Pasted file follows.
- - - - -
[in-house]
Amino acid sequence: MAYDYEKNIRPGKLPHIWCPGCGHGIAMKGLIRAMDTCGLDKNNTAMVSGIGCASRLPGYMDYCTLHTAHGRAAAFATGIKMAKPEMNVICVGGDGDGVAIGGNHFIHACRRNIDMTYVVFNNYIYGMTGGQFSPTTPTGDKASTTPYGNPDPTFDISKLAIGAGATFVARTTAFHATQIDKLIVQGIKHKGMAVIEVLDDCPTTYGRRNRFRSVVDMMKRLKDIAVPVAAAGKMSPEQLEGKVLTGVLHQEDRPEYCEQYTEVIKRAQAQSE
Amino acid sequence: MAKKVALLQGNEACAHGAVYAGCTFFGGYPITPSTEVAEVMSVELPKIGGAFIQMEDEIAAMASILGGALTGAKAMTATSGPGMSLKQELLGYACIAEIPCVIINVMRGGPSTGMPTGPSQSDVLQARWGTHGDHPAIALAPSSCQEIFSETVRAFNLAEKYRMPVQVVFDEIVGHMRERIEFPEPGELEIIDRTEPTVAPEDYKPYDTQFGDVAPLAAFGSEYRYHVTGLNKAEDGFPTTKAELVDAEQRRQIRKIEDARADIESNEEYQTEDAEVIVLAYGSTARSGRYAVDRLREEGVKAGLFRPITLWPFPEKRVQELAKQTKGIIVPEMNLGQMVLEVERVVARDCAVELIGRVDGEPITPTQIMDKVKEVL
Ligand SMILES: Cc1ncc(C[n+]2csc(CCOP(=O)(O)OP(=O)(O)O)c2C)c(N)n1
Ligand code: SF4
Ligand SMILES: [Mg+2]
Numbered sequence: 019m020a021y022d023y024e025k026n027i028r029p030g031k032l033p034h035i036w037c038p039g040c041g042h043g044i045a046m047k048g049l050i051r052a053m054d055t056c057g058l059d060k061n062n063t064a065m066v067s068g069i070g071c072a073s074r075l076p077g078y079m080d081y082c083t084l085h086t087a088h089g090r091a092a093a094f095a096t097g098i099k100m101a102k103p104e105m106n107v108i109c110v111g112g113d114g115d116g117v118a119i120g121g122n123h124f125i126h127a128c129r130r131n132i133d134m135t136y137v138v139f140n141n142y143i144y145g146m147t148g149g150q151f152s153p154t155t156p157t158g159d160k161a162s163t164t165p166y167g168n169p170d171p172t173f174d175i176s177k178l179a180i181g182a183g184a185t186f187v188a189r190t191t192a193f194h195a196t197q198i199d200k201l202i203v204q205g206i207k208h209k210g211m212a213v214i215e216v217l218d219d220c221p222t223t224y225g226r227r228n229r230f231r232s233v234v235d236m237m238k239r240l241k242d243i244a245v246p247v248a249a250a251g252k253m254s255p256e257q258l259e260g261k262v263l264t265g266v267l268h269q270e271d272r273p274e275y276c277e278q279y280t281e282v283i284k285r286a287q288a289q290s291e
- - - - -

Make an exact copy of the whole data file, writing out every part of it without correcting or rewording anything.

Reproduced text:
[in-house]
Amino acid sequence: MAYDYEKNIRPGKLPHIWCPGCGHGIAMKGLIRAMDTCGLDKNNTAMVSGIGCASRLPGYMDYCTLHTAHGRAAAFATGIKMAKPEMNVICVGGDGDGVAIGGNHFIHACRRNIDMTYVVFNNYIYGMTGGQFSPTTPTGDKASTTPYGNPDPTFDISKLAIGAGATFVARTTAFHATQIDKLIVQGIKHKGMAVIEVLDDCPTTYGRRNRFRSVVDMMKRLKDIAVPVAAAGKMSPEQLEGKVLTGVLHQEDRPEYCEQYTEVIKRAQAQSE
Amino acid sequence: MAKKVALLQGNEACAHGAVYAGCTFFGGYPITPSTEVAEVMSVELPKIGGAFIQMEDEIAAMASILGGALTGAKAMTATSGPGMSLKQELLGYACIAEIPCVIINVMRGGPSTGMPTGPSQSDVLQARWGTHGDHPAIALAPSSCQEIFSETVRAFNLAEKYRMPVQVVFDEIVGHMRERIEFPEPGELEIIDRTEPTVAPEDYKPYDTQFGDVAPLAAFGSEYRYHVTGLNKAEDGFPTTKAELVDAEQRRQIRKIEDARADIESNEEYQTEDAEVIVLAYGSTARSGRYAVDRLREEGVKAGLFRPITLWPFPEKRVQELAKQTKGIIVPEMNLGQMVLEVERVVARDCAVELIGRVDGEPITPTQIMDKVKEVL
Ligand SMILES: Cc1ncc(C[n+]2csc(CCOP(=O)(O)OP(=O)(O)O)c2C)c(N)n1
Ligand code: SF4
Ligand SMILES: [Mg+2]
Numbered sequence: 019m020a021y022d023y024e025k026n027i028r029p030g031k032l033p034h035i036w037c038p039g040c041g042h043g044i045a046m047k048g049l050i051r052a053m054d055t056c057g058l059d060k061n062n063t064a065m066v067s068g069i070g071c072a073s074r075l076p077g078y079m080d081y082c083t084l085h086t087a088h089g090r091a092a093a094f095a096t097g098i099k100m101a102k103p104e105m106n107v108i109c110v111g112g113d114g115d116g117v118a119i120g121g122n123h124f125i126h127a128c129r130r131n132i133d134m135t136y137v138v139f140n141n142y143i144y145g146m147t148g149g150q151f152s153p154t155t156p157t158g159d160k161a162s163t164t165p166y167g168n169p170d171p172t173f174d175i176s177k178l179a180i181g182a183g184a185t186f187v188a189r190t191t192a193f194h195a196t197q198i199d200k201l202i203v204q205g206i207k208h209k210g211m212a213v214i215e216v217l218d219d220c221p222t223t224y225g226r227r228n229r230f231r232s233v234v235d236m237m238k239r240l241k242d243i244a245v246p247v248a249a250a251g252k253m254s255p256e257q258l259e260g261k262v263l264t265g266v267l268h269q270e271d272r273p274e275y276c277e278q279y280t281e282v283i284k285r286a287q288a289q290s291e